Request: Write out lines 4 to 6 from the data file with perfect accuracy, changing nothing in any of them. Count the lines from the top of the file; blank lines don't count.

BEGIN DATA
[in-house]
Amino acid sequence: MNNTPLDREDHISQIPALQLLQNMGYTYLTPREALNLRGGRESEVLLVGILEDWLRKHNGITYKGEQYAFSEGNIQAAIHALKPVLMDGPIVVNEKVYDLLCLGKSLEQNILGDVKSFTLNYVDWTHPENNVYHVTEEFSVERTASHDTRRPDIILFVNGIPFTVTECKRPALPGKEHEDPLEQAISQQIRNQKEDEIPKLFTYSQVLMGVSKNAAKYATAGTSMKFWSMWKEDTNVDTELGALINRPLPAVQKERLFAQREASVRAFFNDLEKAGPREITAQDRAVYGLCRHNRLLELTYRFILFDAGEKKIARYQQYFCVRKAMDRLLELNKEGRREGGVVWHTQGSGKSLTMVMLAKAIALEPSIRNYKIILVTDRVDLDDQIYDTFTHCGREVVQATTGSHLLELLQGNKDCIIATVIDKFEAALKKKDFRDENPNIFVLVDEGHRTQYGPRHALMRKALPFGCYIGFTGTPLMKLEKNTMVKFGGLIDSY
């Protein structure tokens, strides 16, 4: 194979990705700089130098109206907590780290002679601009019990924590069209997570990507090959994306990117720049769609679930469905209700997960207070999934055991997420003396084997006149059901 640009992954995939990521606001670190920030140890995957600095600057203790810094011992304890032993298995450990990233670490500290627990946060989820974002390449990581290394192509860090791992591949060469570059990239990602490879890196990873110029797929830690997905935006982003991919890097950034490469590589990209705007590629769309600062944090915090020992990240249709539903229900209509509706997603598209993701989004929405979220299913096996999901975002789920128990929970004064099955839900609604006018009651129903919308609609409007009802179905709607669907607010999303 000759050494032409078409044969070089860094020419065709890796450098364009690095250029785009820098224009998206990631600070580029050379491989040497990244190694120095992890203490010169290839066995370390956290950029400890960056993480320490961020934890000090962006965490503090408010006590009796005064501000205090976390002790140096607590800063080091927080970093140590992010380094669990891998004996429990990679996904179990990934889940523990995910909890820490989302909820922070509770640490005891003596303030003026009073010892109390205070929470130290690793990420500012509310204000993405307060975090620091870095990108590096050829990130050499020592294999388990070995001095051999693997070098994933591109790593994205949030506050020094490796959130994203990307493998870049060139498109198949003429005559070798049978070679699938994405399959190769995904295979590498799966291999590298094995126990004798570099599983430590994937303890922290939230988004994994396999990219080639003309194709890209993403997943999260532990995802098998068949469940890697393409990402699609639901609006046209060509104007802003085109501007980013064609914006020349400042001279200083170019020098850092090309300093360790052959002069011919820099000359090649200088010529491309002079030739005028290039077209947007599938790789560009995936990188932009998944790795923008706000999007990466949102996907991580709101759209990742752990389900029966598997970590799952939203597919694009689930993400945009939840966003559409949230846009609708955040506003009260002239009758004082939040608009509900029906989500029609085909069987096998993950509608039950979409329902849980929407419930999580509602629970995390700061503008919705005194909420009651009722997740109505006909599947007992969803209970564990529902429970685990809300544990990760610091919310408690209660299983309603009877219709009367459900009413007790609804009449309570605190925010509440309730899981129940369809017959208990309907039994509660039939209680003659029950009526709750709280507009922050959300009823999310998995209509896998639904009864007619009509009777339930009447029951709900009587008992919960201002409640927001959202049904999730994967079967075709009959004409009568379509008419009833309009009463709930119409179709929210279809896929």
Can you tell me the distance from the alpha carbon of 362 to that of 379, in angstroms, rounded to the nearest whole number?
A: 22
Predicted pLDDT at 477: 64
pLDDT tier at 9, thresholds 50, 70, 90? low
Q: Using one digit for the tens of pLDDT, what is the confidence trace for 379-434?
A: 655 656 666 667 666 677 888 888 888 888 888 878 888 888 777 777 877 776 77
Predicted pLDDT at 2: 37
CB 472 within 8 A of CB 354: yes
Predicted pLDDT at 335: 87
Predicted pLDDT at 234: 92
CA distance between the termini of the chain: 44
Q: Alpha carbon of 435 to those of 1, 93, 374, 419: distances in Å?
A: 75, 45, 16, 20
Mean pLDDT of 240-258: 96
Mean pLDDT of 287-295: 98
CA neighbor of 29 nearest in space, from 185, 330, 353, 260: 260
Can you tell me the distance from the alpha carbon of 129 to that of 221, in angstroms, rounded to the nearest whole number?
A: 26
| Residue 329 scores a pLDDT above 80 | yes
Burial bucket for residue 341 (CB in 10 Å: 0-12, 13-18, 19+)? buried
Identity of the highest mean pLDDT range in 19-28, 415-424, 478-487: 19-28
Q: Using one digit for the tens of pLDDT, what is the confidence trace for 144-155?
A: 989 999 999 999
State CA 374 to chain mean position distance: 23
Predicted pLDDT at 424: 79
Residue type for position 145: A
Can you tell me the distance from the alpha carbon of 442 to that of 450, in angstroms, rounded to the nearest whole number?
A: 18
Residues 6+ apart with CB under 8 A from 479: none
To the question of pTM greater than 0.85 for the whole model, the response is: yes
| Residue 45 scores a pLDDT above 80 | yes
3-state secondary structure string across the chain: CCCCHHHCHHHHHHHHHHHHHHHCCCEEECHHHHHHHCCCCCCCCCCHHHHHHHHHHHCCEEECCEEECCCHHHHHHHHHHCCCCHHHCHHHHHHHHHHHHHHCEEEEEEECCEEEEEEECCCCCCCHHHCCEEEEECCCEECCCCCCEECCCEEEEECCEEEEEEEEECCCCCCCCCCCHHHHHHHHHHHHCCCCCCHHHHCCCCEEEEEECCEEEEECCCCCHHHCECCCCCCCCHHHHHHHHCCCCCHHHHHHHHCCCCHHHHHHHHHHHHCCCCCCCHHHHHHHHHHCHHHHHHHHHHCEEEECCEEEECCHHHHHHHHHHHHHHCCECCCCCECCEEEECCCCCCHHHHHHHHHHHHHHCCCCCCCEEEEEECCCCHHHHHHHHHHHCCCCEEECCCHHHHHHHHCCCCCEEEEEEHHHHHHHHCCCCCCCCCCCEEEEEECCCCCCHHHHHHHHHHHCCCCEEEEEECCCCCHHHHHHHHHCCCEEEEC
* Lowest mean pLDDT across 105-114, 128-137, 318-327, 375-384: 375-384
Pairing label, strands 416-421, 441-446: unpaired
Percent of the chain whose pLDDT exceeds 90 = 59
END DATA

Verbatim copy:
Can you tell me the distance from the alpha carbon of 362 to that of 379, in angstroms, rounded to the nearest whole number?
A: 22
Predicted pLDDT at 477: 64